Guillaume Dumas, a 28-year-old Canadian, made headlines recently when he announced that he had obtained an Ivy League education for free by sneaking in to classes at prestigious universities. His story — coupled with the skyrocketing costs of a college education — raised serious doubts about the value of a diploma. With tuition costs rising and more than a trillion dollars of student debt in America, alternate routes to achieving a top-tier education are increasingly attractive. The big question for HR: Should we start worrying less about an applicant's degree and more about the knowledge an applicant brings to the company?
While a Dumas-style education is still an anomaly, hiring managers are likely to encounter candidates who have taken Massive Open Online Courses (MOOCs). According to Class Central, more than 2400 of these online lectures currently exist from more than 400 universities—including 22 of U.S. News & World Report's Top 25 Universities.
The topics and structures of these courses vary widely. Students can sign up online to learn about anything from Roman Architecture to Web Application Architecture. Some MOOCs are free, some come at a cost. And some simply involve listening to lectures—with no way to verify that the student learned anything—while others provide assignments, tests and a certification for passing the course.
Here, 5 things to consider when a MOOC shows up on a resume:
1. MOOCs can be supplemental to traditional education.
Steve Petersen is a web developer in his early 30s, and most of his resume looks just like you'd expect. He has a Bachelor's degree from Brigham Young University, a Master's degree from the University of Maryland and great experience in web development, marketing and strategy. But his education also includes 4 MOOC certifications from prestigious institutions—for instance, a Gamification class from the University of Pennsylvania.
"MOOCs allow me to explore something interesting with a bona fide expert as a guide," shared Peterson. As a hiring manager, it's easy to evaluate his supplemental courses as having value. He's achieved a traditional four-year degree and sought out supplementary knowledge—in this case, you should count MOOCs as a bonus.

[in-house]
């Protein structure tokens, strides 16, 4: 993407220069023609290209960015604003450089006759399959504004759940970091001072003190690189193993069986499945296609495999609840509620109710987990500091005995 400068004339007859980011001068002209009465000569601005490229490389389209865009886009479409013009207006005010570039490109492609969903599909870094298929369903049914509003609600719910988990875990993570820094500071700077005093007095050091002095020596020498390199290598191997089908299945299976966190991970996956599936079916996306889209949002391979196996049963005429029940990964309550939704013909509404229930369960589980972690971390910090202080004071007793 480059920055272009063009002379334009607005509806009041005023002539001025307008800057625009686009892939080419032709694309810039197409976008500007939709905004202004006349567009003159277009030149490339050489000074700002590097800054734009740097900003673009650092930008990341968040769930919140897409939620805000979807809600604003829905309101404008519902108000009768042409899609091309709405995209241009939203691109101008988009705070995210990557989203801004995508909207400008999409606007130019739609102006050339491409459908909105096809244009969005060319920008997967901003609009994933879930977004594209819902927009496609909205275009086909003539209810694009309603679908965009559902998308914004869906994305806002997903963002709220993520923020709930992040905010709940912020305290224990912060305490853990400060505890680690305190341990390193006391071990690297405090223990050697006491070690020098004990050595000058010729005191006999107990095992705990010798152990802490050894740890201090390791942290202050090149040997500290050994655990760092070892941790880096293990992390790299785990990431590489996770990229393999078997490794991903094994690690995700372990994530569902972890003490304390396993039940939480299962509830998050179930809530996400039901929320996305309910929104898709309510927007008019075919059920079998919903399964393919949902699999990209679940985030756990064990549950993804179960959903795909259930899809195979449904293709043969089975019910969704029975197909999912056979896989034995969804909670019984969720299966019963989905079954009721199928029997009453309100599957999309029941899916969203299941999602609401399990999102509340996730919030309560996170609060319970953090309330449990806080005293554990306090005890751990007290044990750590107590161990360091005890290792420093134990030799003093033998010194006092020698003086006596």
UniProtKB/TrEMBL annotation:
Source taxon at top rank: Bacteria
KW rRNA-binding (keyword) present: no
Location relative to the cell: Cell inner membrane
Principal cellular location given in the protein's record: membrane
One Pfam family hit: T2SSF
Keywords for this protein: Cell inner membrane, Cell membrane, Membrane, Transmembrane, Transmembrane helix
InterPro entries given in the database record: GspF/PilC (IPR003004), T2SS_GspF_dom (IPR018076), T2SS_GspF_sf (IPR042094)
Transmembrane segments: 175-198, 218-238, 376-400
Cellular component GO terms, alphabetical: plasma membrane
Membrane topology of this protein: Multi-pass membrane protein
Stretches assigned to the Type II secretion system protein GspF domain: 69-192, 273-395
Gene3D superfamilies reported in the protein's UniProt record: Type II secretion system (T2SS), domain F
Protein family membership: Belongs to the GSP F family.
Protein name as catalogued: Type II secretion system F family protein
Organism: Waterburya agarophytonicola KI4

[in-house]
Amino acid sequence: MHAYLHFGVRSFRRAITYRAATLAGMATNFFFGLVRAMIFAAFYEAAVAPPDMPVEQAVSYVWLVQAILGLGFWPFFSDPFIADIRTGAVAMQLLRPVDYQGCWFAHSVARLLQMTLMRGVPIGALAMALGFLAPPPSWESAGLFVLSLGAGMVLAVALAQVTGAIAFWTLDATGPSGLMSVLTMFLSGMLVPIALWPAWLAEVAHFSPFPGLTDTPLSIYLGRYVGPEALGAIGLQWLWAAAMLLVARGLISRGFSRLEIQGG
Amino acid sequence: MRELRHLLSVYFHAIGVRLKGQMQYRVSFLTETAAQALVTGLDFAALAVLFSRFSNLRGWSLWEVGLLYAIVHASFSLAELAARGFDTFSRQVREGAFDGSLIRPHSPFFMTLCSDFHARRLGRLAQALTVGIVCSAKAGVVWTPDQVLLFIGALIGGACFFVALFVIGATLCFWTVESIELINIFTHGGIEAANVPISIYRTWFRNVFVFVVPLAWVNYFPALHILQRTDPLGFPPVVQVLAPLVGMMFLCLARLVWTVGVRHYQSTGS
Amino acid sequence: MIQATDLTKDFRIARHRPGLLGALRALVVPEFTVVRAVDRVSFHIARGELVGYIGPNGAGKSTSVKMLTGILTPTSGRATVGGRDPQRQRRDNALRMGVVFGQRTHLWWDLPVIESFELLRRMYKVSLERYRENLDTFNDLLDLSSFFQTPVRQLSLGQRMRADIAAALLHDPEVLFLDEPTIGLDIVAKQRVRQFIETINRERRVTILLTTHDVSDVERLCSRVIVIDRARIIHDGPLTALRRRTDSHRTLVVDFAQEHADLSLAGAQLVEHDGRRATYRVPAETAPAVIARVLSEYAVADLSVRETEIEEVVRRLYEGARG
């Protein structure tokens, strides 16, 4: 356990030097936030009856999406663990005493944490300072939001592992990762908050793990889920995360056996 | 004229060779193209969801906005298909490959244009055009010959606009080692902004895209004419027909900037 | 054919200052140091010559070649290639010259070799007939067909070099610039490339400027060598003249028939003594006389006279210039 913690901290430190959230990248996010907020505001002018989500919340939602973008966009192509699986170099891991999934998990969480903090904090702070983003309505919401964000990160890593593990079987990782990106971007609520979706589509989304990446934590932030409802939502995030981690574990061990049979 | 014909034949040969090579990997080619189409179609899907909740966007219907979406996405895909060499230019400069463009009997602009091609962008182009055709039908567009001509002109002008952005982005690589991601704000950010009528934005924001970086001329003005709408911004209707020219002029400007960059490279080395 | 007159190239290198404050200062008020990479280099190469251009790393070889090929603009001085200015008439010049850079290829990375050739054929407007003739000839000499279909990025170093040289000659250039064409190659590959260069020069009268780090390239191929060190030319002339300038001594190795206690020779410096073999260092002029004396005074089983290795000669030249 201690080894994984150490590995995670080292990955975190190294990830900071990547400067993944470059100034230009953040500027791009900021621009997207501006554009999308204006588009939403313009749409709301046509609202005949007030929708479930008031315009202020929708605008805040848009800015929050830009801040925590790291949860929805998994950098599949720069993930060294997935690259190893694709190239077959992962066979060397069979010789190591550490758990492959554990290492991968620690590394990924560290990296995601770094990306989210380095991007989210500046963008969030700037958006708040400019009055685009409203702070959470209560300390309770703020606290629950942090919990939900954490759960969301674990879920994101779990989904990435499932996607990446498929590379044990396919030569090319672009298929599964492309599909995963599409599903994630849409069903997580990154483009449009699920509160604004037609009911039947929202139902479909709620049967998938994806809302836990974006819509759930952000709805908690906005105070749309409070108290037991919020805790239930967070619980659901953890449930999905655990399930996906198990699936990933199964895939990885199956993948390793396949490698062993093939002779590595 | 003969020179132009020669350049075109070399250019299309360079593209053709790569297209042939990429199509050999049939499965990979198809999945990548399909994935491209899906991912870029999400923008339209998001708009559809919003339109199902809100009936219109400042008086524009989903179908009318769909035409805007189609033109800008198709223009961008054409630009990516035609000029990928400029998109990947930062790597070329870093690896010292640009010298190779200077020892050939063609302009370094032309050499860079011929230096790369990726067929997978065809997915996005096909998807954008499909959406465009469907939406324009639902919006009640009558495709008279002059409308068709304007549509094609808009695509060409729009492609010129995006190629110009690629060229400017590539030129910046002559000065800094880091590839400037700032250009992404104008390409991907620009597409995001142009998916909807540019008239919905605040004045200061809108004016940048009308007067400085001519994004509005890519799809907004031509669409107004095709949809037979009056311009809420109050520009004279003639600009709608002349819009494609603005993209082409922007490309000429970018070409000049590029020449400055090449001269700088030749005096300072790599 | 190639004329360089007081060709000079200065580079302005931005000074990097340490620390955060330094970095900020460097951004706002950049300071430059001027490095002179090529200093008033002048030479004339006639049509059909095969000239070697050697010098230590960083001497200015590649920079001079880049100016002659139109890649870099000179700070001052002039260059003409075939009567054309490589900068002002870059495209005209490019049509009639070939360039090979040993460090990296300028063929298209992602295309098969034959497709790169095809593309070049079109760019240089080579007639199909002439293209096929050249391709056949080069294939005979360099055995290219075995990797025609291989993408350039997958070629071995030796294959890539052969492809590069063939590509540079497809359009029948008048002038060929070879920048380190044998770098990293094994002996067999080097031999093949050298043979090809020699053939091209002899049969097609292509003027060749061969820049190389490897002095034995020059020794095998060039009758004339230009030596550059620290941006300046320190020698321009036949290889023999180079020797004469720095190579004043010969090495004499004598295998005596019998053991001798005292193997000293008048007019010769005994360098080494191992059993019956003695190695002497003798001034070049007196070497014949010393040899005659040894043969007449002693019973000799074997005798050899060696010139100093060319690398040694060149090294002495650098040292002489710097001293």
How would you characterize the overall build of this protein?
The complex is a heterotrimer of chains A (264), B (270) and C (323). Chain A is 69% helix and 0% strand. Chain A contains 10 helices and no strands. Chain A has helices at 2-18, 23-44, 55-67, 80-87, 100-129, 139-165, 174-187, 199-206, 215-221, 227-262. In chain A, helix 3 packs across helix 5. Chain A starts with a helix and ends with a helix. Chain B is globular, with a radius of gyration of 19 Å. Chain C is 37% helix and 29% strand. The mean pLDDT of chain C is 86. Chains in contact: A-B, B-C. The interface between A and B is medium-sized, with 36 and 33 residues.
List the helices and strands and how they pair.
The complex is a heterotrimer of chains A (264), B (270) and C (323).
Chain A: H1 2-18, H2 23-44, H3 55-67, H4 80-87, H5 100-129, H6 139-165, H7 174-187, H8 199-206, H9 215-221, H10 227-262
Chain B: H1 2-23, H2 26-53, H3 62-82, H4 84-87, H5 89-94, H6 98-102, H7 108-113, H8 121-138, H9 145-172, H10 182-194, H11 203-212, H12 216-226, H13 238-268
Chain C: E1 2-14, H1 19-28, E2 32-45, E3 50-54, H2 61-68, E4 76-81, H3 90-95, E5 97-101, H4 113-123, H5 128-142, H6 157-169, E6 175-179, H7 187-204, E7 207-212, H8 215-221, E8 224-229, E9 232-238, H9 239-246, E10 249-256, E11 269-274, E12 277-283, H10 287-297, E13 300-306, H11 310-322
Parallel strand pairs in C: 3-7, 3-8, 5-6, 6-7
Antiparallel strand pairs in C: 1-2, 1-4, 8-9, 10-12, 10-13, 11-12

2. MOOCs can be a stand-alone education.
Some candidates may not have a college degree at all, instead racking up a range of MOOCs since graduating from high school. How do you evaluate a MOOC in that situation?
First, ask about the qualifications behind a certification. Is it simply a certificate of completion, meaning your candidate listened to all the lectures? Or does the certification indicate some evaluation by the professor? Coursera, for instance, has special features ensuring that people who take their courses get proper credit for their classes. Udacity offers a series of tests along the way that allow course participants to show they've gained knowledge.
3. Skills from a MOOC – just like a degree – need to be demonstrated.
Remember to ask hard questions and test candidates on their skills. We all know someone who skated through college, cramming before tests and immediately forgetting the information afterwards. Someone who said they learned how to program in Python via a course from Udemy shouldn't just be handed the job. But someone who says they've learned Python from a top-tier university shouldn't be given the benefit of the doubt either.
Either way, be wary of automatically giving preference to the candidate with the brick and mortar diploma. Programming is a skill, and it doesn't really matter how you gained that skill.
4. MOOCs demonstrate a thirst for knowledge in established workers.
If the resume on your desk is from a mid-career professional with great experience, a MOOC shows that the person is constantly working, learning and growing—qualities you certainly want in a candidate. While we all learn and grow through work in general, someone who has taken the time to seek out additional knowledge on her own is a bonus to your organization.
5. MOOCs offer opportunities to expand your own horizons.
As you see more and more MOOCs showing up on resumes, stop and consider if you should take one yourself. Want to learn about microeconomics? Check out Khan Academy. Want to learn more about organizational management? Coursera offers such a course from the University of Geneva.
When you've experienced a MOOC course yourself, you'll start to understand the value of different kinds of online courses in the candidates you evaluate.